Answer this question in 125-150 words:

What is the significance of the words “Sundays too” in Hayden’s “Those Winter Sundays”? Why do you think the poet used these words, instead of just, “On Sundays”? Support your answer with examples from the poem.


Another poet, who explored the theme of the father-son relationship, is Theodore Roethke. Read his poem, “My Papa’s Waltz” and watch the poem being recited. What do you think this poem is about? At the outset, especially considering the title of the poem and the quick rhythm as you read, it seems to be about the speaker’s fond recollection of playfully dancing around with his father after he’d come home from work in the evening.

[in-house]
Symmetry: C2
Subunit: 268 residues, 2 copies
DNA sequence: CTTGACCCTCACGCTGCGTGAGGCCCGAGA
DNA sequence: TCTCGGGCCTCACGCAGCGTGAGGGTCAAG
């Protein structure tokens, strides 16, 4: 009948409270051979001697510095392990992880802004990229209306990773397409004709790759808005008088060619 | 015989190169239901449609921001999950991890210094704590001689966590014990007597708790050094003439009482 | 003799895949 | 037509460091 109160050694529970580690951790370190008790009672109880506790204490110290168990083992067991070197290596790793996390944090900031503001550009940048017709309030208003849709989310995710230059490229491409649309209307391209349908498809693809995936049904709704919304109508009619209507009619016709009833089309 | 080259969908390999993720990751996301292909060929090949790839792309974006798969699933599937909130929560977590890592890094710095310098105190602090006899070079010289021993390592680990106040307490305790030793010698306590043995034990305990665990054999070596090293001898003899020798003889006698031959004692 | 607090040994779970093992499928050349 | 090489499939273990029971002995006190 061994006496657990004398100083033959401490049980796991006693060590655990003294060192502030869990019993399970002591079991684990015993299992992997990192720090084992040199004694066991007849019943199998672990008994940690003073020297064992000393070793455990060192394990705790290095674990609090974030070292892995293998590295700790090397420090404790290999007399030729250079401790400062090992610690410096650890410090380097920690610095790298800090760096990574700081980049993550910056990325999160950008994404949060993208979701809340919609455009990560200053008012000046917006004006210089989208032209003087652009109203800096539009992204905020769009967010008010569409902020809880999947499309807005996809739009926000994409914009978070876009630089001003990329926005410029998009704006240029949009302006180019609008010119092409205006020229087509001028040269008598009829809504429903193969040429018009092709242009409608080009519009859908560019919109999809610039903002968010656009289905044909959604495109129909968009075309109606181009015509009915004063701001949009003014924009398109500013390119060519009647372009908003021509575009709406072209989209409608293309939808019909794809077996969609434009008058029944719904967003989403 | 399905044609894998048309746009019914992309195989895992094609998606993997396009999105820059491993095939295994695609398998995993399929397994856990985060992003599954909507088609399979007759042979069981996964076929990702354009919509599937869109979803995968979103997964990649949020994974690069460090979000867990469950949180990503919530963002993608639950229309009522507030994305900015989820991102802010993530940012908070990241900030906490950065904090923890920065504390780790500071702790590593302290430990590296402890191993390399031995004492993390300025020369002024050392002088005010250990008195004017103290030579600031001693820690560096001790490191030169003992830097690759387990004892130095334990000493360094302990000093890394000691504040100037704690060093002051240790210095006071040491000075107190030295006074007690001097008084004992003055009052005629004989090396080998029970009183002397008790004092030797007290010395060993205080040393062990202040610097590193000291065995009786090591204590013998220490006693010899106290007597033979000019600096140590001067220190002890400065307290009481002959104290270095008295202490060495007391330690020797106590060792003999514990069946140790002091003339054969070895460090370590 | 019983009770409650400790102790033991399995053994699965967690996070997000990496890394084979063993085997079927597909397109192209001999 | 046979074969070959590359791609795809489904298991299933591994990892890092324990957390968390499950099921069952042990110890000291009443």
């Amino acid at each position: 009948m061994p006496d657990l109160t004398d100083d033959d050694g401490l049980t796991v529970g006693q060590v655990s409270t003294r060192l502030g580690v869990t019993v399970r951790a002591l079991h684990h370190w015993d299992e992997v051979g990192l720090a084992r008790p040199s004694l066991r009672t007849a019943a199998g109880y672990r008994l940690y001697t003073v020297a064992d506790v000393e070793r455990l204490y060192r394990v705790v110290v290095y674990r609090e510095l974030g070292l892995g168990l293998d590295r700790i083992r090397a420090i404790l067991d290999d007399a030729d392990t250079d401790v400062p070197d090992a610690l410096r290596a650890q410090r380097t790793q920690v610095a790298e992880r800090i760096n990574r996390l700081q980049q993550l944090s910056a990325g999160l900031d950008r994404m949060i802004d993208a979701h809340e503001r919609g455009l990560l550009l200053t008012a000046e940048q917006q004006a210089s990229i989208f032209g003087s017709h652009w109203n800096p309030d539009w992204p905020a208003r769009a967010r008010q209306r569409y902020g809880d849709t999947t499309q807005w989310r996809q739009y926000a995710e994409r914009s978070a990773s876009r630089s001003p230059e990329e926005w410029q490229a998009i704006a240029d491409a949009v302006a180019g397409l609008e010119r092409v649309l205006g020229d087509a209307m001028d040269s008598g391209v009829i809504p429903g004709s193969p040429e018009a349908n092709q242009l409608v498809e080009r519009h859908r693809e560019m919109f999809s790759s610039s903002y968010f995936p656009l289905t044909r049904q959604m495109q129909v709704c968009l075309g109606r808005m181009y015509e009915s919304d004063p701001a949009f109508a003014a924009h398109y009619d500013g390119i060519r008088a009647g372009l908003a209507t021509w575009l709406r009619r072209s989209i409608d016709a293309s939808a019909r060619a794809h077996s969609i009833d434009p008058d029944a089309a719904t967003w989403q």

Let’s see what elements of the poem support this interpretation. The structure which is made up of four quatrains and has a tight rhyme scheme of abab/cdcd/efef/ghgh, gives the poem the cadence of a waltz to mirror the ordered steps of the father and son dancing around. However, the waltzing here is rough and energetic, not smooth and graceful like waltzing is supposed to be. Similarly, alliteration is used in lines like, “such waltzing was not easy,” “My mother’s countenance, Could not unfrown itself,” and “the hand that held my wrist” to add to poem’s easy rhythm.